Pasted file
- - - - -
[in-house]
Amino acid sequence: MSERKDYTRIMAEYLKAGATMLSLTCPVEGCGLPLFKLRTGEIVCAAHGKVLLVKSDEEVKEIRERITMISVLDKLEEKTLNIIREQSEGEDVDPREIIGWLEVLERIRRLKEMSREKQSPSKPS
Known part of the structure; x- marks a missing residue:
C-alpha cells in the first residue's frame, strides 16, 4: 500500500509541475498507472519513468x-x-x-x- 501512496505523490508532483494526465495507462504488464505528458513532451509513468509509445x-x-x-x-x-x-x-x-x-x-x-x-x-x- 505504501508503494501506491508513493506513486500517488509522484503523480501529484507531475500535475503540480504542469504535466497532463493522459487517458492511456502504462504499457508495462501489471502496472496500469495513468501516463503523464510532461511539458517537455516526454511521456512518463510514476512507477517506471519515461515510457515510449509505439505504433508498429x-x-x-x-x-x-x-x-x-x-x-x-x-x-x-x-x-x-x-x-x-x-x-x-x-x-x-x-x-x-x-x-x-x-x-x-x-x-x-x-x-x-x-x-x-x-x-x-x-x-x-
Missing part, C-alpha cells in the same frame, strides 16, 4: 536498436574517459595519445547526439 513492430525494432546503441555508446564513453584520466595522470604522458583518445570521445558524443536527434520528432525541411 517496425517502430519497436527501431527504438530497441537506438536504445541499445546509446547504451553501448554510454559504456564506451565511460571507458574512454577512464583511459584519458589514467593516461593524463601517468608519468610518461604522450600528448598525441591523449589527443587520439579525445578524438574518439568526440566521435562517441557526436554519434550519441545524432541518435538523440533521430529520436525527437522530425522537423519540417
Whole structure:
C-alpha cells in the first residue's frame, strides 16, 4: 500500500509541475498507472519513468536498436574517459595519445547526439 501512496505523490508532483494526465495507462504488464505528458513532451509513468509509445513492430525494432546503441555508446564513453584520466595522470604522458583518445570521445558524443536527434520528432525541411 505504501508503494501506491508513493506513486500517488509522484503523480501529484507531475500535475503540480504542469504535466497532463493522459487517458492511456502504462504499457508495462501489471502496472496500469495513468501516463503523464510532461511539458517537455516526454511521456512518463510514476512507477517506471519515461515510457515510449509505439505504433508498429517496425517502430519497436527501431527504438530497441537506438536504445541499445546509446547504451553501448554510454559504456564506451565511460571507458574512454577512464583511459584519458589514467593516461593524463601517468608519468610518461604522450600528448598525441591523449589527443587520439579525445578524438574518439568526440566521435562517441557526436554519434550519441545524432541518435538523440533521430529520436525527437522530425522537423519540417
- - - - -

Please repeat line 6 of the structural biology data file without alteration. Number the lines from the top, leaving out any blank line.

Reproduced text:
Whole structure: